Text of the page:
Being at “Break Even” is a good-news/bad-news kind of thing

By: Peter Adams Tuesday January 24, 2017 0 comments Tags: Peter Adams, Rockies Venture Club


By Peter Adams

Executive Director

Rockies Venture Club

I’ve heard a lot of founders who say “after this round, we’ll be at break-even.” In half of the cases, I’m thinking that this is a great thing and in the others I am quickly losing interest. How could the same claim result in two such opposing positions?

Break even is basically a good thing. This means that you have at least as much cash coming in as you have going out. Don’t mistake this for having a zero net profit where revenues minus expenses is zero, or apparently “even.” Revenues do not equal cash because many sales will be made on Net 30 terms which won’t result in cash for 30-90 days. In the case of rapidly growing companies, the difference between revenues and cash coming in the door can be significant.

Break even is good because your risk of going out of business because you’ve run out of cash is minimized. Since running out of cash is the number one cause of business failure, having certainty of no negative cash flow makes the investment much safer. Break even is often a point that a company passes through quickly on its way to being cash flow positive, but this is not always the case. 

Break even or even cash flow positive can be a bad thing. I know – it sounds crazy, but think of it this way: If you’re putting cash to the bottom line and you’re just having it sit in your checking account, then it’s not working for you. It could be better to take those profits and sink them into more rapid growth. Companies with higher growth curves get the highest multiples when they are acquired during an M&A exit (most of the time).   

So, imagine that you have an exit potential at 5X revenues. If you have $1 million in your checking account, then the value of that money is $1 million. But if you invested that in sales and you only got a one-to-one ratio of investment to revenues, (i.e. if you spend one dollar on marketing and it results in one dollar of sales) then the exit would be quite different. In that case, your $1 million would have resulted in $1 million in sales and $5 million in increased value because your acquirer is willing to pay you a multiple on your top line revenues.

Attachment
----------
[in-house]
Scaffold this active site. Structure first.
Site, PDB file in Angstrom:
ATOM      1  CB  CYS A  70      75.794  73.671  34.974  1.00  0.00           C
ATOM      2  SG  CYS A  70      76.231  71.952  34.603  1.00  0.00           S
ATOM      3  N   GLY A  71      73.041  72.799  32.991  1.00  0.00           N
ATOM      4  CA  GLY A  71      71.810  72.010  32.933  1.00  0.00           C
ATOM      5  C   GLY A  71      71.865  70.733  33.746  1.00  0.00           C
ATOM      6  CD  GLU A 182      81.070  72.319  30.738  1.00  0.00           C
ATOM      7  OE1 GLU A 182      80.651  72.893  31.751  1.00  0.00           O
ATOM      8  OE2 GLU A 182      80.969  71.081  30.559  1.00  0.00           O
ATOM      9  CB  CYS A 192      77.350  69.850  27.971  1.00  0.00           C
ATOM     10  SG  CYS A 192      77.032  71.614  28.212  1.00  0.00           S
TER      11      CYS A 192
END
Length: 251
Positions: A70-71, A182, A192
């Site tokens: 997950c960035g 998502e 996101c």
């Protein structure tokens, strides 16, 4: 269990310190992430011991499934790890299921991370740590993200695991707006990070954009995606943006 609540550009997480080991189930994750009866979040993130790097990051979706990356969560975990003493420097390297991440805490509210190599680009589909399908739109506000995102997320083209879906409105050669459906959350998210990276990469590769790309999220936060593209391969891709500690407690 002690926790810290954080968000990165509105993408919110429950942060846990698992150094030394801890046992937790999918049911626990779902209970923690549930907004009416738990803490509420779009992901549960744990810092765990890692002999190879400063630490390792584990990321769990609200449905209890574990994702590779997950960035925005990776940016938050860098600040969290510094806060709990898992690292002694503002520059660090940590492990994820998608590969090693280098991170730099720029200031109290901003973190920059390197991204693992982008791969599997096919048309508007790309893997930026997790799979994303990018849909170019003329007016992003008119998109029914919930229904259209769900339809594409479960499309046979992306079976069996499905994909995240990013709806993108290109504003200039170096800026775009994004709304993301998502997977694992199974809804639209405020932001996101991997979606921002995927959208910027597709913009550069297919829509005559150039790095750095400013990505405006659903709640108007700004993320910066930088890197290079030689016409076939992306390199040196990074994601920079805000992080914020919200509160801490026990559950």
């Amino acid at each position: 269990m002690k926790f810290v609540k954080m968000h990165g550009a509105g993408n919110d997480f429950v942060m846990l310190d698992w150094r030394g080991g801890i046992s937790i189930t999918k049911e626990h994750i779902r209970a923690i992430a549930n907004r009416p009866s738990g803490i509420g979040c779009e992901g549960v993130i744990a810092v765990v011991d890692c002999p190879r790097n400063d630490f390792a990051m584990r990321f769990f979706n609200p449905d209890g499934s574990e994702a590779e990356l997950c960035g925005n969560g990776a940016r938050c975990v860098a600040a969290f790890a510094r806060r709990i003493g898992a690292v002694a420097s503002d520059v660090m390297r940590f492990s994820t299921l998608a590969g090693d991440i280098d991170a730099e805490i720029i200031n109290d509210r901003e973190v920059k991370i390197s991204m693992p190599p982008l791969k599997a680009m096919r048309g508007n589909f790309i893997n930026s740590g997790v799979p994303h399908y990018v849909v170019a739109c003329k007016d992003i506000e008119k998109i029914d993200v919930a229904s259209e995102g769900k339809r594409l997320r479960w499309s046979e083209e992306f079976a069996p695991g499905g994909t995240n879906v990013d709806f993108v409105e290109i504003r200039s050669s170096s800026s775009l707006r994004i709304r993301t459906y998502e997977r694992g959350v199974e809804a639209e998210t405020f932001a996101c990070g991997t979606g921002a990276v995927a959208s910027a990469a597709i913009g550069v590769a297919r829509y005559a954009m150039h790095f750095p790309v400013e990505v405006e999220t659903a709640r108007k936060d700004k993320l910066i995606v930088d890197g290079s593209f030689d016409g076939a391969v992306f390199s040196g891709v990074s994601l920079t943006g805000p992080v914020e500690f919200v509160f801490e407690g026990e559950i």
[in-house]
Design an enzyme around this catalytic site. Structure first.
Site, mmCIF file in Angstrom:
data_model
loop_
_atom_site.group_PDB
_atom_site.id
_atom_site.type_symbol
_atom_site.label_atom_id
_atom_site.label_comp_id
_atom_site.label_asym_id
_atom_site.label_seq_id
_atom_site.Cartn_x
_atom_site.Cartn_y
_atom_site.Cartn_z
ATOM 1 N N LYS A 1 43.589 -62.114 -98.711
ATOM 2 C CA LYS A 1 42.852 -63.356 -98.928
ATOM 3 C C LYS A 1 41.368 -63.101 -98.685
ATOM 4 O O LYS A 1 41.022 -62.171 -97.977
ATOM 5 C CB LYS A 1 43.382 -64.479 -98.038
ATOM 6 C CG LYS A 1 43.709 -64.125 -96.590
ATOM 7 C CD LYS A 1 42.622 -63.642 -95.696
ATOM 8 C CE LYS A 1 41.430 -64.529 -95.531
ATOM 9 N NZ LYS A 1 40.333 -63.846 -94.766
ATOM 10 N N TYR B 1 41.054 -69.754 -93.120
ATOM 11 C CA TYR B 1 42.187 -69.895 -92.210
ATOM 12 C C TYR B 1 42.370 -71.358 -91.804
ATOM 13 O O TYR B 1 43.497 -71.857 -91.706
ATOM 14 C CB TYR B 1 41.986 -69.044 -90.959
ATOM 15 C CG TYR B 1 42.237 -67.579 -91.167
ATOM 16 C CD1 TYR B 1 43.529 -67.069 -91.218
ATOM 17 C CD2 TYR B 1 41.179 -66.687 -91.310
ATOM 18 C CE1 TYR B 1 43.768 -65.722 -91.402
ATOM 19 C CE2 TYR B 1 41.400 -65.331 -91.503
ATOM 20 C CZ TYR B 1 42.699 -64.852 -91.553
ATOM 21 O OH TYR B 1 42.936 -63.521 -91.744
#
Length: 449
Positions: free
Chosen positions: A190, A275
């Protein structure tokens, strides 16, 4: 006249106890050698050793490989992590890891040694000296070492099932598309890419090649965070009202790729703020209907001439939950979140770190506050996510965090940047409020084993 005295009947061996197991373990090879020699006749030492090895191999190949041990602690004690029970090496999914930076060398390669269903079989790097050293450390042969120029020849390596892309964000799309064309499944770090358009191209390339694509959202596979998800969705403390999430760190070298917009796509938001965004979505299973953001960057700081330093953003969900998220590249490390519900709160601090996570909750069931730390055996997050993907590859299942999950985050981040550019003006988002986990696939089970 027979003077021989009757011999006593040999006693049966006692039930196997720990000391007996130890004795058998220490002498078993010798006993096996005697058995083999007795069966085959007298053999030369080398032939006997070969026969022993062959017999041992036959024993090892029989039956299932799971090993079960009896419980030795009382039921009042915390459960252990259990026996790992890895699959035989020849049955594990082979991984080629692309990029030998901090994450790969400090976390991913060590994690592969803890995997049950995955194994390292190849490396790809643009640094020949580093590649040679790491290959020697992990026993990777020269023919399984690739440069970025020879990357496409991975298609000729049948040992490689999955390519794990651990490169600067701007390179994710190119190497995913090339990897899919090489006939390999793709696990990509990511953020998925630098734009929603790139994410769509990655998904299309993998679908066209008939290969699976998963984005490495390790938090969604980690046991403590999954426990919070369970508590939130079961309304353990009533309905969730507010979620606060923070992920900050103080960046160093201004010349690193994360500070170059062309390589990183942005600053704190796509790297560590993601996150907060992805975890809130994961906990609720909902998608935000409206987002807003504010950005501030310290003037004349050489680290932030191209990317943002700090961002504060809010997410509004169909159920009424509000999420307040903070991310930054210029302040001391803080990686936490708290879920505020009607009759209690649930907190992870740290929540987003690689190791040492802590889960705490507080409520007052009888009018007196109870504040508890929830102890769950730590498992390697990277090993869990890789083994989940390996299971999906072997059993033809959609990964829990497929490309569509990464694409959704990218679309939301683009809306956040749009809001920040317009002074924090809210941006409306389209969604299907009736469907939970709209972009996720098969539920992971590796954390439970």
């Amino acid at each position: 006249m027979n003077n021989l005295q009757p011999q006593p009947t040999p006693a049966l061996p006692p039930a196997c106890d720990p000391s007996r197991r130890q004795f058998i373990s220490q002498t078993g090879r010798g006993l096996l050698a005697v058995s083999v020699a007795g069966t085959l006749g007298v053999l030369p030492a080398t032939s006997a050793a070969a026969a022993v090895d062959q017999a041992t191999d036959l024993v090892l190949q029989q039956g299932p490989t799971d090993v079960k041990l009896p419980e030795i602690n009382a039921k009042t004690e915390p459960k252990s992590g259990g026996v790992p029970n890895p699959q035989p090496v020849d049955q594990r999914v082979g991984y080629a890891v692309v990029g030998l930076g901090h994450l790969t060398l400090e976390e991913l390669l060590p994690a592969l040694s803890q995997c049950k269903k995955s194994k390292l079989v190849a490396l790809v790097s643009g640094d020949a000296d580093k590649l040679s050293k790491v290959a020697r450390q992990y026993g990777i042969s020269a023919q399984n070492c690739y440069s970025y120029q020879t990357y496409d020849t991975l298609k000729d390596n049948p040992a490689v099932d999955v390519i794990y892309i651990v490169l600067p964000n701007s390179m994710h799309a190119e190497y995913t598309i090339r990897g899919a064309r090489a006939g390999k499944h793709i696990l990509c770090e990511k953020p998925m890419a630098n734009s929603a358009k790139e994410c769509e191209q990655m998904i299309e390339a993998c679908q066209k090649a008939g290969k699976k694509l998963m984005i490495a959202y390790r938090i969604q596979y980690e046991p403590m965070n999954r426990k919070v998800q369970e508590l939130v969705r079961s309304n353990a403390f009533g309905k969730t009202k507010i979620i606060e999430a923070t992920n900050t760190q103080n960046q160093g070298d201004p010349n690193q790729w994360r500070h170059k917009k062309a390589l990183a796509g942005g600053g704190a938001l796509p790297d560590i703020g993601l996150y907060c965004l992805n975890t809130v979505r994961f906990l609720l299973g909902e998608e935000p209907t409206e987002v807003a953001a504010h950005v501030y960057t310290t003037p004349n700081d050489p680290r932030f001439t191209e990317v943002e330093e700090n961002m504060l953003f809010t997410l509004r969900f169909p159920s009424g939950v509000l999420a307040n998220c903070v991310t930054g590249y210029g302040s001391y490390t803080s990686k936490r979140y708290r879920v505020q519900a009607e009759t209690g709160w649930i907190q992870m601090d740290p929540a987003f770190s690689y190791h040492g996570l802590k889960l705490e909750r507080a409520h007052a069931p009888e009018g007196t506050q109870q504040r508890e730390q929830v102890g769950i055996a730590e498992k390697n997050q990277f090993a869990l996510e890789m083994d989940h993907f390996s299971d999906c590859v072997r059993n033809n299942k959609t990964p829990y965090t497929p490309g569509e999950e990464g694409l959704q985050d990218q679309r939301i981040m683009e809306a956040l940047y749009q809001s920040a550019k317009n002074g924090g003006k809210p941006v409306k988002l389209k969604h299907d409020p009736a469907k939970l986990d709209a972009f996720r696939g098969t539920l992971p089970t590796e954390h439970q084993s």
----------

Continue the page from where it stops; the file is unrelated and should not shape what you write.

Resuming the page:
So, what’s the best strategy for a startup? Risk everything for growth, or grow too slowly and leave millions on the table? The answer is going to differ for every company in its own circumstances, but consider a compromise: If follow-on funding or cash flow positive status are not highly likely for a company, then a good balance would be to build up a revenue base which, if things didn’t go well, could pay for a bare-bones crew of staff and marketing expense.  In this scenario, the company continues to grow, but can scale back to survival mode if the situation required it. 

Being able to control cash flow to reach break even means that a company is able to control its destiny. If a company is coming up against a brick-wall and running out of cash, it is not in a good position to negotiate a favorable round of funding, if it can even do so at all.   

Companies who mistakenly believe that getting to break even is the goal are missing the point of finance strategy. There is a difference between reaching break even and not needing any further funding and reaching break even and then raising more funds to really accelerate growth and build shareholder value while having the opportunity to scale back to safety if follow-on funding is not available.

Peter Adams

About the Author: Peter Adams

Peter Adams is co-author of Venture Capital for Dummies (John Wiley & Sons. 2013) and serves as the Executive Director of the Rockies Venture Club, America’s oldest angel investing group.  RVC is a non-profit organization furthering economic development in Colorado whose companies raised over $23 million in the past year.  RVC’s connects investors and entrepreneurs through conferences (Angel Capital Summit and Colorado Capital Conference), networking events, angel investing educational offerings and facilitation of Colorado’s largest angel investor groups.  Peter is the founder of the Biz Girls CEO Development Program for high school age girls and is an Adjunct Professor in the Colorado State University EMBA program. Peter holds a BA Degree from Colorado College, PhD/ABD from University of Colorado and an MBA from Regis University.